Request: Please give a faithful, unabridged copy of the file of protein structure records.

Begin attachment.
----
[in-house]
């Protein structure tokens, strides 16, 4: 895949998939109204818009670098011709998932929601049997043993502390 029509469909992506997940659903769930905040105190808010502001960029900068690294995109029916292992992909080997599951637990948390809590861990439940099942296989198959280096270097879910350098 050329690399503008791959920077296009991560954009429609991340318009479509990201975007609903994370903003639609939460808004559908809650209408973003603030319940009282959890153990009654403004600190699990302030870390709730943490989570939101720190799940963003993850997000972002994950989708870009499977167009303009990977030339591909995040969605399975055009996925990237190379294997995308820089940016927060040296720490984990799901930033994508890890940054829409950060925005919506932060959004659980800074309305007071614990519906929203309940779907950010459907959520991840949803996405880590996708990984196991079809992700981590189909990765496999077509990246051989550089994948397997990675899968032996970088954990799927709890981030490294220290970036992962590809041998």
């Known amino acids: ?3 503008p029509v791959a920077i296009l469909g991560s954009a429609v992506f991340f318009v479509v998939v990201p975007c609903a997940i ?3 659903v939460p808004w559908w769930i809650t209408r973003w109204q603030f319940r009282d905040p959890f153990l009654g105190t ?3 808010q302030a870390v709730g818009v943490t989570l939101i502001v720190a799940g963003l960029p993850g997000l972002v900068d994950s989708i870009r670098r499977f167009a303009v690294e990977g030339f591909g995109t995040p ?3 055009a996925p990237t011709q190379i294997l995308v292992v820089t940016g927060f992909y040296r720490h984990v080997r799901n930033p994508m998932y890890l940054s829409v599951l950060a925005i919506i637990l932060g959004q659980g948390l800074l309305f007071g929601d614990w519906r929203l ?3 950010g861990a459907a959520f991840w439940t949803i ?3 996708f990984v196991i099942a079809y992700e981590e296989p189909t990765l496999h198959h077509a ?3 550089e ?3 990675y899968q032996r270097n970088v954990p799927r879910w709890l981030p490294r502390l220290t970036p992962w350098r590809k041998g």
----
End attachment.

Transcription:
[in-house]
């Protein structure tokens, strides 16, 4: 895949998939109204818009670098011709998932929601049997043993502390 029509469909992506997940659903769930905040105190808010502001960029900068690294995109029916292992992909080997599951637990948390809590861990439940099942296989198959280096270097879910350098 050329690399503008791959920077296009991560954009429609991340318009479509990201975007609903994370903003639609939460808004559908809650209408973003603030319940009282959890153990009654403004600190699990302030870390709730943490989570939101720190799940963003993850997000972002994950989708870009499977167009303009990977030339591909995040969605399975055009996925990237190379294997995308820089940016927060040296720490984990799901930033994508890890940054829409950060925005919506932060959004659980800074309305007071614990519906929203309940779907950010459907959520991840949803996405880590996708990984196991079809992700981590189909990765496999077509990246051989550089994948397997990675899968032996970088954990799927709890981030490294220290970036992962590809041998």
């Known amino acids: ?3 503008p029509v791959a920077i296009l469909g991560s954009a429609v992506f991340f318009v479509v998939v990201p975007c609903a997940i ?3 659903v939460p808004w559908w769930i809650t209408r973003w109204q603030f319940r009282d905040p959890f153990l009654g105190t ?3 808010q302030a870390v709730g818009v943490t989570l939101i502001v720190a799940g963003l960029p993850g997000l972002v900068d994950s989708i870009r670098r499977f167009a303009v690294e990977g030339f591909g995109t995040p ?3 055009a996925p990237t011709q190379i294997l995308v292992v820089t940016g927060f992909y040296r720490h984990v080997r799901n930033p994508m998932y890890l940054s829409v599951l950060a925005i919506i637990l932060g959004q659980g948390l800074l309305f007071g929601d614990w519906r929203l ?3 950010g861990a459907a959520f991840w439940t949803i ?3 996708f990984v196991i099942a079809y992700e981590e296989p189909t990765l496999h198959h077509a ?3 550089e ?3 990675y899968q032996r270097n970088v954990p799927r879910w709890l981030p490294r502390l220290t970036p992962w350098r590809k041998g």